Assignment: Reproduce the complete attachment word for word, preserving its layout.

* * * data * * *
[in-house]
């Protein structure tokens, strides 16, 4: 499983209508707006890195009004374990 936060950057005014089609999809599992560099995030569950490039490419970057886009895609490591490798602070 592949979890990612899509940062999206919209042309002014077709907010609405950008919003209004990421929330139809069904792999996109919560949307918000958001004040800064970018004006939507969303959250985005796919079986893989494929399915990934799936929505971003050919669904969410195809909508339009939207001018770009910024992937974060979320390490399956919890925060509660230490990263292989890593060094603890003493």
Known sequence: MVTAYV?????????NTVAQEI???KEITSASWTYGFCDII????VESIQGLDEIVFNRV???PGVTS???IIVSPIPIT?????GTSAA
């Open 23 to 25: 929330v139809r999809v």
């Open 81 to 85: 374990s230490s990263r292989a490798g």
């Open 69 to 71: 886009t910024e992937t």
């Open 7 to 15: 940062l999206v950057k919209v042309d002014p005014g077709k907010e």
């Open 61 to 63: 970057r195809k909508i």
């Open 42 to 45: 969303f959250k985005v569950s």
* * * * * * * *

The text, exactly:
[in-house]
């Protein structure tokens, strides 16, 4: 499983209508707006890195009004374990 936060950057005014089609999809599992560099995030569950490039490419970057886009895609490591490798602070 592949979890990612899509940062999206919209042309002014077709907010609405950008919003209004990421929330139809069904792999996109919560949307918000958001004040800064970018004006939507969303959250985005796919079986893989494929399915990934799936929505971003050919669904969410195809909508339009939207001018770009910024992937974060979320390490399956919890925060509660230490990263292989890593060094603890003493």
Known sequence: MVTAYV?????????NTVAQEI???KEITSASWTYGFCDII????VESIQGLDEIVFNRV???PGVTS???IIVSPIPIT?????GTSAA
């Open 23 to 25: 929330v139809r999809v």
């Open 81 to 85: 374990s230490s990263r292989a490798g």
């Open 69 to 71: 886009t910024e992937t």
């Open 7 to 15: 940062l999206v950057k919209v042309d002014p005014g077709k907010e």
């Open 61 to 63: 970057r195809k909508i």
């Open 42 to 45: 969303f959250k985005v569950s």